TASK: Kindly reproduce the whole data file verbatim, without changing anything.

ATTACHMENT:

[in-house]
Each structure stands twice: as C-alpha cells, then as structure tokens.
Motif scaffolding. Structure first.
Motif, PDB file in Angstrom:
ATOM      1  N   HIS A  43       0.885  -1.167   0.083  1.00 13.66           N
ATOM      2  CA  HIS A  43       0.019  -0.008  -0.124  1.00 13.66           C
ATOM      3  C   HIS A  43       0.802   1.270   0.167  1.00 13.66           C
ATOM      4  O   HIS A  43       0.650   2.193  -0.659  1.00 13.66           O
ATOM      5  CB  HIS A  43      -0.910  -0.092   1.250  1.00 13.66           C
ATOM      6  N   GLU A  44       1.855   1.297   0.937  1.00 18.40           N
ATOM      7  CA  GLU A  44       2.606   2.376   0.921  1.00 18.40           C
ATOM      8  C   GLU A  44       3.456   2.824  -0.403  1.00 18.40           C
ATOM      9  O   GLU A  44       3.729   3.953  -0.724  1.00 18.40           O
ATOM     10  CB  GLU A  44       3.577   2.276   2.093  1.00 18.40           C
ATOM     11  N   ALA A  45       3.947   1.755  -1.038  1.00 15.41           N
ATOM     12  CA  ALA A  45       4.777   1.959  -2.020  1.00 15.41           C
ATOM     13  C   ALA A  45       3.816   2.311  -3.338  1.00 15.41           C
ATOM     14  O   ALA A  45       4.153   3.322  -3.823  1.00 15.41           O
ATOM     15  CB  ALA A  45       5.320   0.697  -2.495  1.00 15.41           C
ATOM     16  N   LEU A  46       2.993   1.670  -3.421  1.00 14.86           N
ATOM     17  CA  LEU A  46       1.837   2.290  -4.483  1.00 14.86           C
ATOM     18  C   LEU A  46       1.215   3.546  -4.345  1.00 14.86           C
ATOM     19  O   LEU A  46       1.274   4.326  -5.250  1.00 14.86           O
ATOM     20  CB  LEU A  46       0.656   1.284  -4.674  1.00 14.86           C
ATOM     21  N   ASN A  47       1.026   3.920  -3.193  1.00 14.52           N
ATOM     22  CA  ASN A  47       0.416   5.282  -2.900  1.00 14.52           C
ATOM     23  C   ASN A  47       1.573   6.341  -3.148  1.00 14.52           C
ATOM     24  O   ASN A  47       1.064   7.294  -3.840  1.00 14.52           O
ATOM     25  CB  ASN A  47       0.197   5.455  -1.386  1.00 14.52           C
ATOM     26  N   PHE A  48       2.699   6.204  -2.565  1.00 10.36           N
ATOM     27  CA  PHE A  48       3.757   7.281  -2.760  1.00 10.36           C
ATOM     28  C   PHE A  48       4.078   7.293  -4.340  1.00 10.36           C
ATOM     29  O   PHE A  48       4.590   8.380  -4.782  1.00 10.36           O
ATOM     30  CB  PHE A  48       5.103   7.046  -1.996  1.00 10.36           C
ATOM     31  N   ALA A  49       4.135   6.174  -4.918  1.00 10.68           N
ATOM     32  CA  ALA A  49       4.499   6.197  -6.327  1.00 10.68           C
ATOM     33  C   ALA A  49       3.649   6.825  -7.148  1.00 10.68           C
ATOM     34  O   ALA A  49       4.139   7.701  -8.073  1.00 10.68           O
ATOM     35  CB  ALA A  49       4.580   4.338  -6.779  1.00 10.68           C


[in-house]
Each structure stands twice: as C-alpha cells, then as structure tokens.
Motif scaffolding. Structure first.
Motif, PDB file in Angstrom:
ATOM      1  N   HIS A  43       0.885  -1.167   0.083  1.00 13.66           N
ATOM      2  CA  HIS A  43       0.019  -0.008  -0.124  1.00 13.66           C
ATOM      3  C   HIS A  43       0.802   1.270   0.167  1.00 13.66           C
ATOM      4  O   HIS A  43       0.650   2.193  -0.659  1.00 13.66           O
ATOM      5  CB  HIS A  43      -0.910  -0.092   1.250  1.00 13.66           C
ATOM      6  N   GLU A  44       1.855   1.297   0.937  1.00 18.40           N
ATOM      7  CA  GLU A  44       2.606   2.376   0.921  1.00 18.40           C
ATOM      8  C   GLU A  44       3.456   2.824  -0.403  1.00 18.40           C
ATOM      9  O   GLU A  44       3.729   3.953  -0.724  1.00 18.40           O
ATOM     10  CB  GLU A  44       3.577   2.276   2.093  1.00 18.40           C
ATOM     11  N   ALA A  45       3.947   1.755  -1.038  1.00 15.41           N
ATOM     12  CA  ALA A  45       4.777   1.959  -2.020  1.00 15.41           C
ATOM     13  C   ALA A  45       3.816   2.311  -3.338  1.00 15.41           C
ATOM     14  O   ALA A  45       4.153   3.322  -3.823  1.00 15.41           O
ATOM     15  CB  ALA A  45       5.320   0.697  -2.495  1.00 15.41           C
ATOM     16  N   LEU A  46       2.993   1.670  -3.421  1.00 14.86           N
ATOM     17  CA  LEU A  46       1.837   2.290  -4.483  1.00 14.86           C
ATOM     18  C   LEU A  46       1.215   3.546  -4.345  1.00 14.86           C
ATOM     19  O   LEU A  46       1.274   4.326  -5.250  1.00 14.86           O
ATOM     20  CB  LEU A  46       0.656   1.284  -4.674  1.00 14.86           C
ATOM     21  N   ASN A  47       1.026   3.920  -3.193  1.00 14.52           N
ATOM     22  CA  ASN A  47       0.416   5.282  -2.900  1.00 14.52           C
ATOM     23  C   ASN A  47       1.573   6.341  -3.148  1.00 14.52           C
ATOM     24  O   ASN A  47       1.064   7.294  -3.840  1.00 14.52           O
ATOM     25  CB  ASN A  47       0.197   5.455  -1.386  1.00 14.52           C
ATOM     26  N   PHE A  48       2.699   6.204  -2.565  1.00 10.36           N
ATOM     27  CA  PHE A  48       3.757   7.281  -2.760  1.00 10.36           C
ATOM     28  C   PHE A  48       4.078   7.293  -4.340  1.00 10.36           C
ATOM     29  O   PHE A  48       4.590   8.380  -4.782  1.00 10.36           O
ATOM     30  CB  PHE A  48       5.103   7.046  -1.996  1.00 10.36           C
ATOM     31  N   ALA A  49       4.135   6.174  -4.918  1.00 10.68           N
ATOM     32  CA  ALA A  49       4.499   6.197  -6.327  1.00 10.68           C
ATOM     33  C   ALA A  49       3.649   6.825  -7.148  1.00 10.68           C
ATOM     34  O   ALA A  49       4.139   7.701  -8.073  1.00 10.68           O
ATOM     35  CB  ALA A  49       4.580   4.338  -6.779  1.00 10.68           C